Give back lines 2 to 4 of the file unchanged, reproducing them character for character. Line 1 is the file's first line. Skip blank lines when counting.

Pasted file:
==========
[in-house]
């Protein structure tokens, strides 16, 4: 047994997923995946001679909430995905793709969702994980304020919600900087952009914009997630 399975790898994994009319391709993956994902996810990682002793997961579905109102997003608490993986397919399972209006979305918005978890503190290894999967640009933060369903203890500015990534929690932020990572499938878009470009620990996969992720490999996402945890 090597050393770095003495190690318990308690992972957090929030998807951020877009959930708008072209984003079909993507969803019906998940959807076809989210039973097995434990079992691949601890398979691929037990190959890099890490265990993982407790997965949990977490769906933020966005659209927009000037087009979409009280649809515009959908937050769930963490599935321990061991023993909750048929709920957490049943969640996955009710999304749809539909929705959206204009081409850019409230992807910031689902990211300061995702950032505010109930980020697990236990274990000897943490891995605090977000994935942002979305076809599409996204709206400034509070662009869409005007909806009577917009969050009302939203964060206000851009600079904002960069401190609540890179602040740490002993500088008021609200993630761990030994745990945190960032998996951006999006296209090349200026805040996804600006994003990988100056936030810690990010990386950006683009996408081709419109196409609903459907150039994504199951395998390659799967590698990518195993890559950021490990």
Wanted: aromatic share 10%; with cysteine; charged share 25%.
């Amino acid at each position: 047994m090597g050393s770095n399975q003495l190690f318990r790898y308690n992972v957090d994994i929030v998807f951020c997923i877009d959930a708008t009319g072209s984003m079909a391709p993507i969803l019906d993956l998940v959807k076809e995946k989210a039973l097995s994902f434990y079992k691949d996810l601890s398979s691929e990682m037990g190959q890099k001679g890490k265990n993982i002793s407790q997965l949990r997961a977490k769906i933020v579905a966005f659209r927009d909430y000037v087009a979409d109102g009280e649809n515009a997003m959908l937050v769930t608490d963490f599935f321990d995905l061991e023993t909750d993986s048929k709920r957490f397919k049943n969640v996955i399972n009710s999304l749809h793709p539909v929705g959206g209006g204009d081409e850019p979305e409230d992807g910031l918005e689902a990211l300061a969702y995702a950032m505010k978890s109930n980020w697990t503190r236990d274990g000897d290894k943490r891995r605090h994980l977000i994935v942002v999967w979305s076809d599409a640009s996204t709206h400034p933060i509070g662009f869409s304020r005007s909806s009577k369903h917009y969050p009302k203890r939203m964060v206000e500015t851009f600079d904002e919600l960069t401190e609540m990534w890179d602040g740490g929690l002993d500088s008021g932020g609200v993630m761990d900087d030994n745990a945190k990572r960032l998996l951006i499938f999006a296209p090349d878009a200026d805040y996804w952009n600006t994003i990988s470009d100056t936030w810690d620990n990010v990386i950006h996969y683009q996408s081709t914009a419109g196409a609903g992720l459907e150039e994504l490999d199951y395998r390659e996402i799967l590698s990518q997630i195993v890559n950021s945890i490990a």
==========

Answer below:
């Protein structure tokens, strides 16, 4: 047994997923995946001679909430995905793709969702994980304020919600900087952009914009997630 399975790898994994009319391709993956994902996810990682002793997961579905109102997003608490993986397919399972209006979305918005978890503190290894999967640009933060369903203890500015990534929690932020990572499938878009470009620990996969992720490999996402945890 090597050393770095003495190690318990308690992972957090929030998807951020877009959930708008072209984003079909993507969803019906998940959807076809989210039973097995434990079992691949601890398979691929037990190959890099890490265990993982407790997965949990977490769906933020966005659209927009000037087009979409009280649809515009959908937050769930963490599935321990061991023993909750048929709920957490049943969640996955009710999304749809539909929705959206204009081409850019409230992807910031689902990211300061995702950032505010109930980020697990236990274990000897943490891995605090977000994935942002979305076809599409996204709206400034509070662009869409005007909806009577917009969050009302939203964060206000851009600079904002960069401190609540890179602040740490002993500088008021609200993630761990030994745990945190960032998996951006999006296209090349200026805040996804600006994003990988100056936030810690990010990386950006683009996408081709419109196409609903459907150039994504199951395998390659799967590698990518195993890559950021490990």
Wanted: aromatic share 10%; with cysteine; charged share 25%.
């Amino acid at each position: 047994m090597g050393s770095n399975q003495l190690f318990r790898y308690n992972v957090d994994i929030v998807f951020c997923i877009d959930a708008t009319g072209s984003m079909a391709p993507i969803l019906d993956l998940v959807k076809e995946k989210a039973l097995s994902f434990y079992k691949d996810l601890s398979s691929e990682m037990g190959q890099k001679g890490k265990n993982i002793s407790q997965l949990r997961a977490k769906i933020v579905a966005f659209r927009d909430y000037v087009a979409d109102g009280e649809n515009a997003m959908l937050v769930t608490d963490f599935f321990d995905l061991e023993t909750d993986s048929k709920r957490f397919k049943n969640v996955i399972n009710s999304l749809h793709p539909v929705g959206g209006g204009d081409e850019p979305e409230d992807g910031l918005e689902a990211l300061a969702y995702a950032m505010k978890s109930n980020w697990t503190r236990d274990g000897d290894k943490r891995r605090h994980l977000i994935v942002v999967w979305s076809d599409a640009s996204t709206h400034p933060i509070g662009f869409s304020r005007s909806s009577k369903h917009y969050p009302k203890r939203m964060v206000e500015t851009f600079d904002e919600l960069t401190e609540m990534w890179d602040g740490g929690l002993d500088s008021g932020g609200v993630m761990d900087d030994n745990a945190k990572r960032l998996l951006i499938f999006a296209p090349d878009a200026d805040y996804w952009n600006t994003i990988s470009d100056t936030w810690d620990n990010v990386i950006h996969y683009q996408s081709t914009a419109g196409a609903g992720l459907e150039e994504l490999d199951y395998r390659e996402i799967l590698s990518q997630i195993v890559n950021s945890i490990a």